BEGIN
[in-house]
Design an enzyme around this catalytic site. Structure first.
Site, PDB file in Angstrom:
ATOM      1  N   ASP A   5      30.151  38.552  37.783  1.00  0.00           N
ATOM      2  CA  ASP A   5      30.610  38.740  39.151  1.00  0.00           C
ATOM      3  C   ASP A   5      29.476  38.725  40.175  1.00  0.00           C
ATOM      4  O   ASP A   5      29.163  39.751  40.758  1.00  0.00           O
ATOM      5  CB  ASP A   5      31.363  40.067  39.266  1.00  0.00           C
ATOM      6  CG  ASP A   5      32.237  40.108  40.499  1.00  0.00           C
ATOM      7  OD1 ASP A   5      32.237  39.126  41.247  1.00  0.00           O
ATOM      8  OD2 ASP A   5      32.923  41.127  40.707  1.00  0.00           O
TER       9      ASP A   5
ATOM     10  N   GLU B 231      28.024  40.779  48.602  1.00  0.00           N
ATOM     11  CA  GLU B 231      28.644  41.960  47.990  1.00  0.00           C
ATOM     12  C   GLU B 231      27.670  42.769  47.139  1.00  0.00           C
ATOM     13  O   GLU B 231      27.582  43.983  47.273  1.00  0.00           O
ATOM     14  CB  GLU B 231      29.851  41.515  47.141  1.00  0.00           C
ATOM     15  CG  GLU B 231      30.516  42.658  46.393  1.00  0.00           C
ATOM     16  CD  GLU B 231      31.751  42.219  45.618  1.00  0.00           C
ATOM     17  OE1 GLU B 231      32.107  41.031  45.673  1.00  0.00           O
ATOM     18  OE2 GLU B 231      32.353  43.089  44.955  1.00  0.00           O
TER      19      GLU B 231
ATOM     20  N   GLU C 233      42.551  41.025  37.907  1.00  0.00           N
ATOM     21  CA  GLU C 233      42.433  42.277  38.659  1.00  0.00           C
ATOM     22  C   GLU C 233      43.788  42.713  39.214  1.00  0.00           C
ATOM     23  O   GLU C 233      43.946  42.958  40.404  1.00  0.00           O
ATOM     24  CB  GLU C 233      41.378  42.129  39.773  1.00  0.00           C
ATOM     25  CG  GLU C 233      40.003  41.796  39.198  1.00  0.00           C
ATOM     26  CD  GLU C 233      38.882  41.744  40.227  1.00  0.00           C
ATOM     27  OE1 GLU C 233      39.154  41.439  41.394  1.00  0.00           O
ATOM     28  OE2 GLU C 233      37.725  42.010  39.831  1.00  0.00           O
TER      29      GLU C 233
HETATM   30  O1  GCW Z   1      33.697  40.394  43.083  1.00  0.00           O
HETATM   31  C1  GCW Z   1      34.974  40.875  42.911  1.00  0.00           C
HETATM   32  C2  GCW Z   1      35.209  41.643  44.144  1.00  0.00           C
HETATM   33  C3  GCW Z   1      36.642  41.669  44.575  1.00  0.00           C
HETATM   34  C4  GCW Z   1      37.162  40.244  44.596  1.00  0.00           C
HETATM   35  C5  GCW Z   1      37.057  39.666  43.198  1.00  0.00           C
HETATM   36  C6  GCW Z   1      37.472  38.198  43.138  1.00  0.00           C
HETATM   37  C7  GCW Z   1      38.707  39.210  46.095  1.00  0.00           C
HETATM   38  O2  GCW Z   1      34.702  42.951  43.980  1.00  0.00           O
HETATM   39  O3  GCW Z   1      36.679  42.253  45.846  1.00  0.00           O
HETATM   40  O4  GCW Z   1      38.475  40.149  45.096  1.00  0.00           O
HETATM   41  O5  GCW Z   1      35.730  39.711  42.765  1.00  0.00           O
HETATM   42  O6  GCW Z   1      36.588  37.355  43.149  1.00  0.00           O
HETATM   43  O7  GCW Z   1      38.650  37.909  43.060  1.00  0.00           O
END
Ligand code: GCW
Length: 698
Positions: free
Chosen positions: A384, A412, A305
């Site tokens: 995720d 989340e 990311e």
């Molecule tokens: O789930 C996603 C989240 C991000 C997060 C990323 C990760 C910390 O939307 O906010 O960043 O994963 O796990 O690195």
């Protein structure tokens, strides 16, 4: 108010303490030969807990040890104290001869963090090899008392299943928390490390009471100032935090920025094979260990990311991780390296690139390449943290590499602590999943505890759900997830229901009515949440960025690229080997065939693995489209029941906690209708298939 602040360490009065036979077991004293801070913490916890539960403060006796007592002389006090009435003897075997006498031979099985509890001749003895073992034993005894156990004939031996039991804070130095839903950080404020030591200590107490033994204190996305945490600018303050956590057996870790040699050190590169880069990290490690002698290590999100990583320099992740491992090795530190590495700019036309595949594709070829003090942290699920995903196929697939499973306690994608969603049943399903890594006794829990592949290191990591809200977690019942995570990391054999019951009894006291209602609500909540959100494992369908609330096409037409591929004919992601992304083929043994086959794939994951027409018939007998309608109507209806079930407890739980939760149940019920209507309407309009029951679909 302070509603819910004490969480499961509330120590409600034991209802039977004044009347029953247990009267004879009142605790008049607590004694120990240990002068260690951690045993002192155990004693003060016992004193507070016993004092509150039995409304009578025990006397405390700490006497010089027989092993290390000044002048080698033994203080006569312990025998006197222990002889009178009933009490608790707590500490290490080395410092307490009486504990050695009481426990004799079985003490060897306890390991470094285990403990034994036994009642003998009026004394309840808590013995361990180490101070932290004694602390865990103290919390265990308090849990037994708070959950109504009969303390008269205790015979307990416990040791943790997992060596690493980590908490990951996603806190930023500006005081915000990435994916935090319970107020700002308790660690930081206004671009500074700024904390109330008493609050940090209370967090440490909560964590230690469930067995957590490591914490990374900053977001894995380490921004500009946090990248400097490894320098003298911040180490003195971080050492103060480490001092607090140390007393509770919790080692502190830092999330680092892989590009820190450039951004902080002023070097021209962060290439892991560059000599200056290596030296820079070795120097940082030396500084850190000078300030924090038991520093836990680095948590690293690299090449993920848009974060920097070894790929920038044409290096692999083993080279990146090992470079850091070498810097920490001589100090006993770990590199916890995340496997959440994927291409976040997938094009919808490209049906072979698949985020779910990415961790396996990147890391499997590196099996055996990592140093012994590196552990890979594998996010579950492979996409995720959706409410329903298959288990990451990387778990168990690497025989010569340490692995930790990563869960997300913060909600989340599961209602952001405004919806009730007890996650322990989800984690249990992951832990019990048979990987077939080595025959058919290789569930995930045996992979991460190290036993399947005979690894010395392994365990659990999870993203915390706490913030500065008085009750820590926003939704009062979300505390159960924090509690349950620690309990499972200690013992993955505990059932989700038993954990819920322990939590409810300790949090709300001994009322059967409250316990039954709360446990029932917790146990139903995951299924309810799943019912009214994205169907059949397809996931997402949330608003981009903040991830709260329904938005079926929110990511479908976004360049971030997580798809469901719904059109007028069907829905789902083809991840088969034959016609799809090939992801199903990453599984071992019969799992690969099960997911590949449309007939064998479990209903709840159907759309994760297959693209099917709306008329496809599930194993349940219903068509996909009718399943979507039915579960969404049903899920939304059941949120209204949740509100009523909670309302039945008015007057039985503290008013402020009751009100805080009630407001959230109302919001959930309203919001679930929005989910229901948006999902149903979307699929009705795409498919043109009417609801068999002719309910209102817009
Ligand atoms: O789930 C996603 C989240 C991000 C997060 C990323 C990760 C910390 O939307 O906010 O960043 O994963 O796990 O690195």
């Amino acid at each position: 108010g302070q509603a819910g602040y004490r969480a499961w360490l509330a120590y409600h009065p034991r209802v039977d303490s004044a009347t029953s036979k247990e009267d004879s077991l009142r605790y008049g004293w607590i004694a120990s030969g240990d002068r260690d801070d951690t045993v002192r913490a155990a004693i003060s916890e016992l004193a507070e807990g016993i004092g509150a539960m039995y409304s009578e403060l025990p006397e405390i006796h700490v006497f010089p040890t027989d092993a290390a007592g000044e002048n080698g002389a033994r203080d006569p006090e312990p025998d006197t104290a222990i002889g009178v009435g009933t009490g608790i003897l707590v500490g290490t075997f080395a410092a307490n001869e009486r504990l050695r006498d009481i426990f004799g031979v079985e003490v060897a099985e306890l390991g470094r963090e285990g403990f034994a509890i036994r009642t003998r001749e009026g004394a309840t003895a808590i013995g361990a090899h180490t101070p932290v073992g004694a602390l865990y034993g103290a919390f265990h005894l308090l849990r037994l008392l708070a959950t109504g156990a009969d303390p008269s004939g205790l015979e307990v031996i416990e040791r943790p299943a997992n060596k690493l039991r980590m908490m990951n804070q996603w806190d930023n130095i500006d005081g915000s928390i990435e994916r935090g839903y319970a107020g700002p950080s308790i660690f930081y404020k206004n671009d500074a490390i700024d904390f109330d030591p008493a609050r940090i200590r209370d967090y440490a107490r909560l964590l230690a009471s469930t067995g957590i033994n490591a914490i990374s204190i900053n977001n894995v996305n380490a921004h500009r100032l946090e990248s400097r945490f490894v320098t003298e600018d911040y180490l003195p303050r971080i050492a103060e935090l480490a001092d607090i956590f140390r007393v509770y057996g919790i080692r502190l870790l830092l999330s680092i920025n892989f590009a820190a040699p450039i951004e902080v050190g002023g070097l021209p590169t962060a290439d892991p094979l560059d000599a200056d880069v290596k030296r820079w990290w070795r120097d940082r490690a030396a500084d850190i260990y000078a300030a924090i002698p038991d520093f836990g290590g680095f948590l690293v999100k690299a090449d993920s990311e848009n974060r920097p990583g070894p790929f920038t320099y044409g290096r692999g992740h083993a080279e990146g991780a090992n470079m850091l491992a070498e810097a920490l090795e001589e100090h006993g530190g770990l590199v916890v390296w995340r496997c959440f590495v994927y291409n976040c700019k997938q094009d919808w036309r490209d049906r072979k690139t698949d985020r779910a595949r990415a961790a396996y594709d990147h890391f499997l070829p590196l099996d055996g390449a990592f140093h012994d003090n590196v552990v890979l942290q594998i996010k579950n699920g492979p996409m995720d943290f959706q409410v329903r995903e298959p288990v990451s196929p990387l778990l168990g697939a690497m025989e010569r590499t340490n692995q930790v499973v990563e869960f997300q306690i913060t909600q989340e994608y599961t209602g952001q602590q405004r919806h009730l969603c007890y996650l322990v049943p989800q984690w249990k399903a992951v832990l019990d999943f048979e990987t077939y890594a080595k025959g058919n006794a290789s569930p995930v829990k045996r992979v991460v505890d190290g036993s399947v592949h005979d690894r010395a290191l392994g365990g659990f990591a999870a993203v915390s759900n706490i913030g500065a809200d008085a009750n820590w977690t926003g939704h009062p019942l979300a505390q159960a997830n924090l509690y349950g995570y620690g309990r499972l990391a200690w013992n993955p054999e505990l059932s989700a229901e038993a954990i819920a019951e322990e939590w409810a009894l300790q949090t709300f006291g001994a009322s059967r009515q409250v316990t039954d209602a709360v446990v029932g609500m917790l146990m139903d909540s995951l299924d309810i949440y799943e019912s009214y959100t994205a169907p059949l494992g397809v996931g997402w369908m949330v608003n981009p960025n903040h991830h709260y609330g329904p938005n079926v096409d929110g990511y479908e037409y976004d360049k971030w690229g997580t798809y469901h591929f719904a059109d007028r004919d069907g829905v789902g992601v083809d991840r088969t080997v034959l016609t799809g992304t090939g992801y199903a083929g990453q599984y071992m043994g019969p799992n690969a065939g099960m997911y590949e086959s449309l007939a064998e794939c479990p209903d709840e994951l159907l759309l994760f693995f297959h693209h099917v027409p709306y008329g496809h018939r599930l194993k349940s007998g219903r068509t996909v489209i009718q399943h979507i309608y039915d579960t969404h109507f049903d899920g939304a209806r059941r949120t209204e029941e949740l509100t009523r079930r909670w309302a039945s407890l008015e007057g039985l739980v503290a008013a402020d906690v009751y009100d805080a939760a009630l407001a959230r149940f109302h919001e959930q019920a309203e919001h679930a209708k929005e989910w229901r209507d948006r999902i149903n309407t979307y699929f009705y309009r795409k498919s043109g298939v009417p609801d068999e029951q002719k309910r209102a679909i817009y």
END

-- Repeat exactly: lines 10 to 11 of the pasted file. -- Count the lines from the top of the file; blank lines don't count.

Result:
ATOM      7  OD1 ASP A   5      32.237  39.126  41.247  1.00  0.00           O
ATOM      8  OD2 ASP A   5      32.923  41.127  40.707  1.00  0.00           O